The weather and roads were fine, so we had some extra time once we got to town. I drove us around Williston a little bit, narrating as we passed points of interest from my frequent trips to Williston during my childhood. When we got to the pool, we were glad to be early because the seating is limited, to say the least. Dad and Beverly joined us (they live only about an hour away) to attend their first swim meet and watch their granddaughters compete. It was a good meet for them to have attended because not only did each girl improve on her times from previous meets and earn some ribbons (making parents and grandparents alike proud) but the meet itself was also short and sweet. Unlike the last few swim meets (remember this and this?), this one didn't obligate us to be there very long; all the girls' events started and ended within about two hours.
We're often asked, "Are they twins?" about Suzanna and Abigail. Yes, they look similar--all three of them do, especially with their swim caps on--but twins?
We were all ready to eat dinner at that point, so we joined Dad and Beverly at Dakota Farms, a family restaurant on the Million Dollar Way (Williston's nickname for the stretch of highway that serves both Highways 2 and 85 and becomes 2nd Ave. W in town and leads to Main St.). The servers were busy and not too concerned about approaching our table until they had dealt with every last need of the customers at all the surrounding tables--not even just to say, "I'll return in just a moment." Not only did we have ample time to decide on what we wanted to order, we had time to memorize the menu in its entirety before one server finally came over. She didn't feel compelled to register any friendly signs in her facial expressions, either, so it was hard not to suspect that she resented our being there with our expectation that she serve us when she had better things to do. As a former restaurant server myself, I can understand being harried, but I never can comprehend why some servers--when feeling the pressure of a busy dining room--are outright rude to customers . . . or why they retain their employment when their demeanor repels customers.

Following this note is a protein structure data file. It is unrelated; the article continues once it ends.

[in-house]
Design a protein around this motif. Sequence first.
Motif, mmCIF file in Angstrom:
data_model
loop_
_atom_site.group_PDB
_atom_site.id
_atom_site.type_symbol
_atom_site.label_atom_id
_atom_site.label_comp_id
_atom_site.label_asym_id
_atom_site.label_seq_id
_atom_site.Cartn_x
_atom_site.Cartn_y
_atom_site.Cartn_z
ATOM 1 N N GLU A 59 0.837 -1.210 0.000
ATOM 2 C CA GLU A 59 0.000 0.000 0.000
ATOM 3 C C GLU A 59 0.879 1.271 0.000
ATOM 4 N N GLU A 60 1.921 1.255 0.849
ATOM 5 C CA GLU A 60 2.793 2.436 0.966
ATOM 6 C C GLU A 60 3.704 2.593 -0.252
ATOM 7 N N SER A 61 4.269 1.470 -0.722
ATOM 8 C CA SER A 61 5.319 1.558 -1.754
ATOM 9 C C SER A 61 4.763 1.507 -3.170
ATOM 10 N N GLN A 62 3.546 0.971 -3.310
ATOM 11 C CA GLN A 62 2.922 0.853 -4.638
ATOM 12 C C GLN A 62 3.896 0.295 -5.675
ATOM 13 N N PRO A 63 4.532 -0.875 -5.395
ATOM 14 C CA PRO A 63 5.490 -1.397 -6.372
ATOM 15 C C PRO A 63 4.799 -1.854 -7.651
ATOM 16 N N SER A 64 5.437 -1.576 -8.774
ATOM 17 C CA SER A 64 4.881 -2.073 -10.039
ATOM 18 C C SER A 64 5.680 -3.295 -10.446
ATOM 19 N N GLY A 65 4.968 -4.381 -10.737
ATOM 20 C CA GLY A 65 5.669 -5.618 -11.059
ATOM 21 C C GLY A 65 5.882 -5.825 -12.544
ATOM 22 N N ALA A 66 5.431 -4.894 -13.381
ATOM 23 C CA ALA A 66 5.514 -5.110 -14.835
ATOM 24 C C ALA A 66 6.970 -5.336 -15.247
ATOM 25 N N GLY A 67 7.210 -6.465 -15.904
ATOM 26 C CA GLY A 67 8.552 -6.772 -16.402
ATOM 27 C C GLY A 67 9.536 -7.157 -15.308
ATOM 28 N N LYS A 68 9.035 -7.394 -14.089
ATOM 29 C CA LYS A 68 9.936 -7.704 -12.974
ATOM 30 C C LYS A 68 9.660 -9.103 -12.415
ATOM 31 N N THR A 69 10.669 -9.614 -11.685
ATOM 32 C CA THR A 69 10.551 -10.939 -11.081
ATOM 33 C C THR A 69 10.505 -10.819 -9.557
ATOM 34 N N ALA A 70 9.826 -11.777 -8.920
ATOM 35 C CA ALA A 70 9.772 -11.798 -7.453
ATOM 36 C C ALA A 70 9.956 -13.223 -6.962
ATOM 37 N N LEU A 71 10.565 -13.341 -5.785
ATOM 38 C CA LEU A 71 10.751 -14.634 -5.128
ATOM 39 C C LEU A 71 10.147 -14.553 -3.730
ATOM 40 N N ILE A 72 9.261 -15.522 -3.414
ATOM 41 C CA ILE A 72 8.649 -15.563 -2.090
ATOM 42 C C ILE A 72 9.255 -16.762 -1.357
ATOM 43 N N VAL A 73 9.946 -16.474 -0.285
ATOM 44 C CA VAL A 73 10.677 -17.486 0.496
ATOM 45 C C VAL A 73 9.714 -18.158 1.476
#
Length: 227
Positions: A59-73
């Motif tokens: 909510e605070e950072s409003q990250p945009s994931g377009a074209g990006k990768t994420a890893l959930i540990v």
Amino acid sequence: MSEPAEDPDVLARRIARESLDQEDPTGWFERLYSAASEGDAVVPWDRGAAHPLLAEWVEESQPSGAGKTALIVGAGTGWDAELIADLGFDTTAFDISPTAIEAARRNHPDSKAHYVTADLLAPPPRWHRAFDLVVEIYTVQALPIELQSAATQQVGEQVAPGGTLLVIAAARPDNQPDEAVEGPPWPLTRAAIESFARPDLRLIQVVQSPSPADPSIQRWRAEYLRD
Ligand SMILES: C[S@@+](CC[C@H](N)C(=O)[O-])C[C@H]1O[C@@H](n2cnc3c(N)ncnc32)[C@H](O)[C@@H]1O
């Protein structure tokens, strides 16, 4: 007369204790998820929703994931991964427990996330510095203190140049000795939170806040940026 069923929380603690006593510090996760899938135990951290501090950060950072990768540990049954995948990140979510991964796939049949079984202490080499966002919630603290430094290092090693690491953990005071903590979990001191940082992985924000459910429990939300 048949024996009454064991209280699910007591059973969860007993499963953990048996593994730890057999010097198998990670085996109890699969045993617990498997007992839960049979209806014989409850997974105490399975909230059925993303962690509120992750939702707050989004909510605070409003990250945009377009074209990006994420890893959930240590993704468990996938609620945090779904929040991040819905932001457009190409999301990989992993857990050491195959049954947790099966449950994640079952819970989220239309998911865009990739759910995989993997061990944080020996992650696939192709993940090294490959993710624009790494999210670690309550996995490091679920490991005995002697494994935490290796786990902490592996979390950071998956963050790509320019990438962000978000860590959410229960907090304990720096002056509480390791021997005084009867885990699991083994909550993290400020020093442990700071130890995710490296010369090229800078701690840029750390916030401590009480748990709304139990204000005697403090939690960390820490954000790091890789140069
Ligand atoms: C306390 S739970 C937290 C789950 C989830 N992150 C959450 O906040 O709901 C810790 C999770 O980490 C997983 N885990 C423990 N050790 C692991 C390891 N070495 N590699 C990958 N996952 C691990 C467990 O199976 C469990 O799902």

Okay, off my soapbox now. The food was fine once it arrived, and of course the company was the main reason for our being there, anyway. After a nice visit, we parted ways with Dad and Beverly, made a quick stop at a grocery store on our way out of town, and returned to Dickinson. The ride home was as quiet and sleepy as the morning's drive. Thank goodness I had bought snacks to keep me awake!